My Giveaway + Announcements

*My first foray into an Author Interview with Andrew Xia Fukuda is up! (Should I do more?)
*My first manga review for Natsume Yuujinchou V.1 - please let me know what you think

Saturday, February 6, 2010

On My Wishlist - 02/06/2010 + Interview on Reading in Color

(Meme from Book Chick City)

Now, I usually just do Wishlist Wednesday or Waiting on Wednesday, but some of these titles I'm way too excited about to bother waiting for next week to happen. So On My Wishlist it is!

Crossing by Andrew Xia Fukuda

A loner in his all-white high school, Chinese-born Xing (pronounced “Shing”) is a wallflower longing for acceptance. His isolation is intensified by his increasingly awkward and undeniable crush on his only friend, the beautiful and brilliant Naomi Lee. Xing’s quiet adolescent existence is rattled when a series of disappearances rock his high school and fear ripples through the blue collar community in which he lives. Amidst the chaos surrounding him, only Xing, alone on the sidelines of life, takes notice of some peculiar sightings around town. He begins to investigate with the hope that if he can help put an end to the disappearances, he will finally win the acceptance for which he has longed. However, as Xing draws closer to unveiling the identity of the abductor, he senses a noose of suspicion tightening around his own neck. While Xing races to solve the mystery and clear his name, Crossing hurtles readers towards a chilling climax.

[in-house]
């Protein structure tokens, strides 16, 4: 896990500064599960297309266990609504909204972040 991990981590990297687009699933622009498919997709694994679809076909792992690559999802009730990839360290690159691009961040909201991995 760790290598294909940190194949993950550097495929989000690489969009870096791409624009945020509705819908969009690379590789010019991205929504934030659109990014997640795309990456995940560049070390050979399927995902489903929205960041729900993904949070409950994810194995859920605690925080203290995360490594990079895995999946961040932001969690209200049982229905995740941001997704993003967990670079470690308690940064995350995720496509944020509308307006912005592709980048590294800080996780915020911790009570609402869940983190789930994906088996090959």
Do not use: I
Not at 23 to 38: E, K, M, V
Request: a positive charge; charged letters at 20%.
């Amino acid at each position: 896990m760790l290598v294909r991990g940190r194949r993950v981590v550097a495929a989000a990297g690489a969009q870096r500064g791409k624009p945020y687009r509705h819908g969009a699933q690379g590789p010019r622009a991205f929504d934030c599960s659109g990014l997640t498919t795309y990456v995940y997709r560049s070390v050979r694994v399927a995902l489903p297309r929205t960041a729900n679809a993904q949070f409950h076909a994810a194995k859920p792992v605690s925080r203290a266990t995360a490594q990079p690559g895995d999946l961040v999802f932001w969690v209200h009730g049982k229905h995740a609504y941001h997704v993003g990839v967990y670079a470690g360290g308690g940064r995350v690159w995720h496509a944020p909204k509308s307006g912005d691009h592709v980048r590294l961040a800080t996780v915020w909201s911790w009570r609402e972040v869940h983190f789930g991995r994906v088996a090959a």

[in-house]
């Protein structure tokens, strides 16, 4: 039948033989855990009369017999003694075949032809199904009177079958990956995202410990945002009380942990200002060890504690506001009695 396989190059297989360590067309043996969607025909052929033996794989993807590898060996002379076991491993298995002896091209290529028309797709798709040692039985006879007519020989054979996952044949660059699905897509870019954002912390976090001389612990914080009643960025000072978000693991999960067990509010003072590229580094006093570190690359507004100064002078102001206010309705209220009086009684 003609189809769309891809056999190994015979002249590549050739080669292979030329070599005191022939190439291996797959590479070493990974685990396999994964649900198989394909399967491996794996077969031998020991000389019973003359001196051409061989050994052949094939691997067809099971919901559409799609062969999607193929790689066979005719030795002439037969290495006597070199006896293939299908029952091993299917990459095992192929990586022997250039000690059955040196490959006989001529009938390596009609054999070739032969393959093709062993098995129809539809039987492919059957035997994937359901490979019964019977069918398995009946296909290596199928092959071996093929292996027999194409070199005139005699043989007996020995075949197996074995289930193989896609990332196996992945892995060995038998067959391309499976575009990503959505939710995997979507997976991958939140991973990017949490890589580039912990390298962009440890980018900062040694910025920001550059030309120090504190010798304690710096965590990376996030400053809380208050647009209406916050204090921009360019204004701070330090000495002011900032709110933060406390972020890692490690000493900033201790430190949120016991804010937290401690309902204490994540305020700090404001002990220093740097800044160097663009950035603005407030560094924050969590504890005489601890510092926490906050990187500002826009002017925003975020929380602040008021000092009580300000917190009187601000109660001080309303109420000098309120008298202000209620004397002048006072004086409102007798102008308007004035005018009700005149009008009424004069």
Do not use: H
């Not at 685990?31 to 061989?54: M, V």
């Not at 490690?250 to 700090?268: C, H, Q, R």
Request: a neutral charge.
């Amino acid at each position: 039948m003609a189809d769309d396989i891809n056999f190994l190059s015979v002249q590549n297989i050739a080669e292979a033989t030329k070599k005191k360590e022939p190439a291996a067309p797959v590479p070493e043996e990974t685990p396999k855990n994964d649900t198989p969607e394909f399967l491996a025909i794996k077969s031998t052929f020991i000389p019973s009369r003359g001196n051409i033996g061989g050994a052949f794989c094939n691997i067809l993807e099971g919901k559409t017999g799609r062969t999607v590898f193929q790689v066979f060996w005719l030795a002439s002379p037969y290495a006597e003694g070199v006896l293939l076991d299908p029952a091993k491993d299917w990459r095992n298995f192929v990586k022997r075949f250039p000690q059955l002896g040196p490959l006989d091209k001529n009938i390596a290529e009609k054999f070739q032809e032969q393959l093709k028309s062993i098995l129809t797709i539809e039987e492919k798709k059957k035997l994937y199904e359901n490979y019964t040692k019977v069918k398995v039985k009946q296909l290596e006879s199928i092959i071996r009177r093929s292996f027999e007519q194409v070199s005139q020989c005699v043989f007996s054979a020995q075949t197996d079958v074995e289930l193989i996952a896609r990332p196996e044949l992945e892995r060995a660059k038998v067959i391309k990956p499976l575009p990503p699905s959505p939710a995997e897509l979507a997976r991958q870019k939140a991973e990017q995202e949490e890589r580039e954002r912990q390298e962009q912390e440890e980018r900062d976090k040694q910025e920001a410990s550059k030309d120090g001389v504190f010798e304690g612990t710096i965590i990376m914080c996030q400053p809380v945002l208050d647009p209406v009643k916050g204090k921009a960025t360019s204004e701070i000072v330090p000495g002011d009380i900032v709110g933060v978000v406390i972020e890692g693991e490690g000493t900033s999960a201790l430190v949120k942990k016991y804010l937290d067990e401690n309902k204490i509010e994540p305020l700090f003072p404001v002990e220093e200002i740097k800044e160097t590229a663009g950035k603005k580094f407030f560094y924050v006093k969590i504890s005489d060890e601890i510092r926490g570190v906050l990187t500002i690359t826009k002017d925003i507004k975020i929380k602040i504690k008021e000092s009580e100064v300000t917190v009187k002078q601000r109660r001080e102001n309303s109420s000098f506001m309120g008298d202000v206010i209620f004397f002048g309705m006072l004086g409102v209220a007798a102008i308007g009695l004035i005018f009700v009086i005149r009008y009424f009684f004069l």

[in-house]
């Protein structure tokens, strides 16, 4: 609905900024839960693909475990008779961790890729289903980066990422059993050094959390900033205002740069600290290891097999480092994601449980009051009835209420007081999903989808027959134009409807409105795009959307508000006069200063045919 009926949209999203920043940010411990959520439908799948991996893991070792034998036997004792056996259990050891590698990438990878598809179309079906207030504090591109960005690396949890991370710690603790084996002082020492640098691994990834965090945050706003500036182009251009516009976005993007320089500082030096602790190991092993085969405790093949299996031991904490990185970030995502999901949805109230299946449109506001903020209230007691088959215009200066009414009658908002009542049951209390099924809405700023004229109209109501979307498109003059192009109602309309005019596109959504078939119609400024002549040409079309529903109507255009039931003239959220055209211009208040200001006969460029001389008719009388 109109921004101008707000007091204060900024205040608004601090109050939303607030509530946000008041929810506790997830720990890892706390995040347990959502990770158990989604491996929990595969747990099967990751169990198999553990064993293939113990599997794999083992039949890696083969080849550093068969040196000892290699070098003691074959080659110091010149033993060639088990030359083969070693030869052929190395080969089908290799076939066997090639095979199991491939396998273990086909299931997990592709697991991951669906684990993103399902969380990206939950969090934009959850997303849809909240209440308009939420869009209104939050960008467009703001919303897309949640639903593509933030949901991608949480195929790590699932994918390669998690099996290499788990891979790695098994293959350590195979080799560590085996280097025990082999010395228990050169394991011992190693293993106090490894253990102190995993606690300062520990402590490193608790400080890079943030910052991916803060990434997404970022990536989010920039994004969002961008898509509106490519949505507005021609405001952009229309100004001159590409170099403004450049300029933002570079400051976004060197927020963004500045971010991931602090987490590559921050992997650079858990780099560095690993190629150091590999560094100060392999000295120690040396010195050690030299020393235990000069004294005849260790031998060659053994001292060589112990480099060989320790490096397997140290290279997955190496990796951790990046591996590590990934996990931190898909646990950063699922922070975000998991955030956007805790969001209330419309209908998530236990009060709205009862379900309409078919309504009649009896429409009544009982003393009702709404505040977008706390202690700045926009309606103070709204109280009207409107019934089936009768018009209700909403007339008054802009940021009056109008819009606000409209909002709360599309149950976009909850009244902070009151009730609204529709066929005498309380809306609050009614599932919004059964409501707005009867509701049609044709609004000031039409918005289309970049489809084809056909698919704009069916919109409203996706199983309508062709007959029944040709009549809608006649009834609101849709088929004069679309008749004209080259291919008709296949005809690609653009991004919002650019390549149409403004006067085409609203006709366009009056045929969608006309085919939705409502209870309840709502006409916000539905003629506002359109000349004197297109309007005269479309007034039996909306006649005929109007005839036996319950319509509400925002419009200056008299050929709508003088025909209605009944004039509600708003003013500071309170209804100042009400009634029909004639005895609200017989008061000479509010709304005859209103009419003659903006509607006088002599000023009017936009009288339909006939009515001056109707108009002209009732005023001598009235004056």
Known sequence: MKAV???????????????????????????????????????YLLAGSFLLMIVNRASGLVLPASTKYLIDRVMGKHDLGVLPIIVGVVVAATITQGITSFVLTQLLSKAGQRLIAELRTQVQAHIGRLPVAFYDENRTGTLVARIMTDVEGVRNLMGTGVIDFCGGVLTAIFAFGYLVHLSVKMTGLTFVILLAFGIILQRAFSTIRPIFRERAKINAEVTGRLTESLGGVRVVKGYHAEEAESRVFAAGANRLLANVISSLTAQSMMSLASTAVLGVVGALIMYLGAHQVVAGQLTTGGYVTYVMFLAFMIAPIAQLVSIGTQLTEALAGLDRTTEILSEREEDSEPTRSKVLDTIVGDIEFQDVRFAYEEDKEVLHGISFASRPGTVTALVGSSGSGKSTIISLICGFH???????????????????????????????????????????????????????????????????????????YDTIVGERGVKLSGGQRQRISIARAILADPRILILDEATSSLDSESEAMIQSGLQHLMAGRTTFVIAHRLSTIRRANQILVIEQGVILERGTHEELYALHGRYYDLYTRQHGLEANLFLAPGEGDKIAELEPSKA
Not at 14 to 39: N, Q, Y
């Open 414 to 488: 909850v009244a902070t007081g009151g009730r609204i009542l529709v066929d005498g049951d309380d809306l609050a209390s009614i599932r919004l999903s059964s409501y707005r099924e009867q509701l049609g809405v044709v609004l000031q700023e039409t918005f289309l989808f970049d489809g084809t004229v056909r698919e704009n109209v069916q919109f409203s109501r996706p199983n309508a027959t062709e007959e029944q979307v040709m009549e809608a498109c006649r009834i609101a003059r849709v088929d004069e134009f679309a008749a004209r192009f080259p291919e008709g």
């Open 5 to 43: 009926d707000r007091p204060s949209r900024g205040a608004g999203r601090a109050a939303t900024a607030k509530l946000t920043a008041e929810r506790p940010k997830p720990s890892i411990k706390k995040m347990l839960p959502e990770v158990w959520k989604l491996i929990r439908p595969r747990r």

+ Soooooo buying this. *marks April down on calendar* Seriously, this is literally the only YA debut novel with an Asian protagonist as far as I can tell. And that's pretty damn sad. (MG debuts fair a little better... As in, they have 2 titles instead of just one this year. Something tells me the other genres/categories of fiction isn't going to fair much better.) I could, you know, spend my time bitching about the lack of Asian representation, OR I could go and buy this novel. =D Besides, putting all that aside, there's mystery and LGBT content and it looks like this book will be epic. =D

The Hundred Thousand Kingdoms by N. K. Jemisin